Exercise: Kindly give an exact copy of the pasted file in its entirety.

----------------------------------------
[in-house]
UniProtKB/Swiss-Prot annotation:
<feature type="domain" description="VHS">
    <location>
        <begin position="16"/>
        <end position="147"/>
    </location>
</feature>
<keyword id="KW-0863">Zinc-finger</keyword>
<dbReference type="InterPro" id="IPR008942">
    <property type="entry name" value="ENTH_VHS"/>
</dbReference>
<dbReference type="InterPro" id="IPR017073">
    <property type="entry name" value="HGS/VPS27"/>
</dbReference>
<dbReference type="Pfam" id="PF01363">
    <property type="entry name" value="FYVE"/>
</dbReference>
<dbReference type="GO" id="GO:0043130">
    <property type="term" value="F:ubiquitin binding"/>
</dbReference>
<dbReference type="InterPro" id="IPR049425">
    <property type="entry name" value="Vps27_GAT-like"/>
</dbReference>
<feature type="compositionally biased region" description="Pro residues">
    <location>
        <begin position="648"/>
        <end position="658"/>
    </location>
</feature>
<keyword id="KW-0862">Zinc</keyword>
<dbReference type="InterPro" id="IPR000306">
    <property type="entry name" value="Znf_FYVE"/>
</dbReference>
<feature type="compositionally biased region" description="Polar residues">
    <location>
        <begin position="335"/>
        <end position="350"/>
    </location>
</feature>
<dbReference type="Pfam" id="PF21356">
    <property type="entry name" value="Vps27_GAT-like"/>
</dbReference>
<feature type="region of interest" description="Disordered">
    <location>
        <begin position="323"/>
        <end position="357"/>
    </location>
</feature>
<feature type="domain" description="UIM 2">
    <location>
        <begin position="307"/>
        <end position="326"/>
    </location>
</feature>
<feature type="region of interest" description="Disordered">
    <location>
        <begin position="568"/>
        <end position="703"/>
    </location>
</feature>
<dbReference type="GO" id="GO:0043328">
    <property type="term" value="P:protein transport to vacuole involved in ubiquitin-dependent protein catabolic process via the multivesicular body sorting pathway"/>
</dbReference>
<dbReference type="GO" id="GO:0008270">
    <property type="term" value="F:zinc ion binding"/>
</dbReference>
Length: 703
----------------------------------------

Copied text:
[in-house]
UniProtKB/Swiss-Prot annotation:
<feature type="domain" description="VHS">
    <location>
        <begin position="16"/>
        <end position="147"/>
    </location>
</feature>
<keyword id="KW-0863">Zinc-finger</keyword>
<dbReference type="InterPro" id="IPR008942">
    <property type="entry name" value="ENTH_VHS"/>
</dbReference>
<dbReference type="InterPro" id="IPR017073">
    <property type="entry name" value="HGS/VPS27"/>
</dbReference>
<dbReference type="Pfam" id="PF01363">
    <property type="entry name" value="FYVE"/>
</dbReference>
<dbReference type="GO" id="GO:0043130">
    <property type="term" value="F:ubiquitin binding"/>
</dbReference>
<dbReference type="InterPro" id="IPR049425">
    <property type="entry name" value="Vps27_GAT-like"/>
</dbReference>
<feature type="compositionally biased region" description="Pro residues">
    <location>
        <begin position="648"/>
        <end position="658"/>
    </location>
</feature>
<keyword id="KW-0862">Zinc</keyword>
<dbReference type="InterPro" id="IPR000306">
    <property type="entry name" value="Znf_FYVE"/>
</dbReference>
<feature type="compositionally biased region" description="Polar residues">
    <location>
        <begin position="335"/>
        <end position="350"/>
    </location>
</feature>
<dbReference type="Pfam" id="PF21356">
    <property type="entry name" value="Vps27_GAT-like"/>
</dbReference>
<feature type="region of interest" description="Disordered">
    <location>
        <begin position="323"/>
        <end position="357"/>
    </location>
</feature>
<feature type="domain" description="UIM 2">
    <location>
        <begin position="307"/>
        <end position="326"/>
    </location>
</feature>
<feature type="region of interest" description="Disordered">
    <location>
        <begin position="568"/>
        <end position="703"/>
    </location>
</feature>
<dbReference type="GO" id="GO:0043328">
    <property type="term" value="P:protein transport to vacuole involved in ubiquitin-dependent protein catabolic process via the multivesicular body sorting pathway"/>
</dbReference>
<dbReference type="GO" id="GO:0008270">
    <property type="term" value="F:zinc ion binding"/>
</dbReference>
Length: 703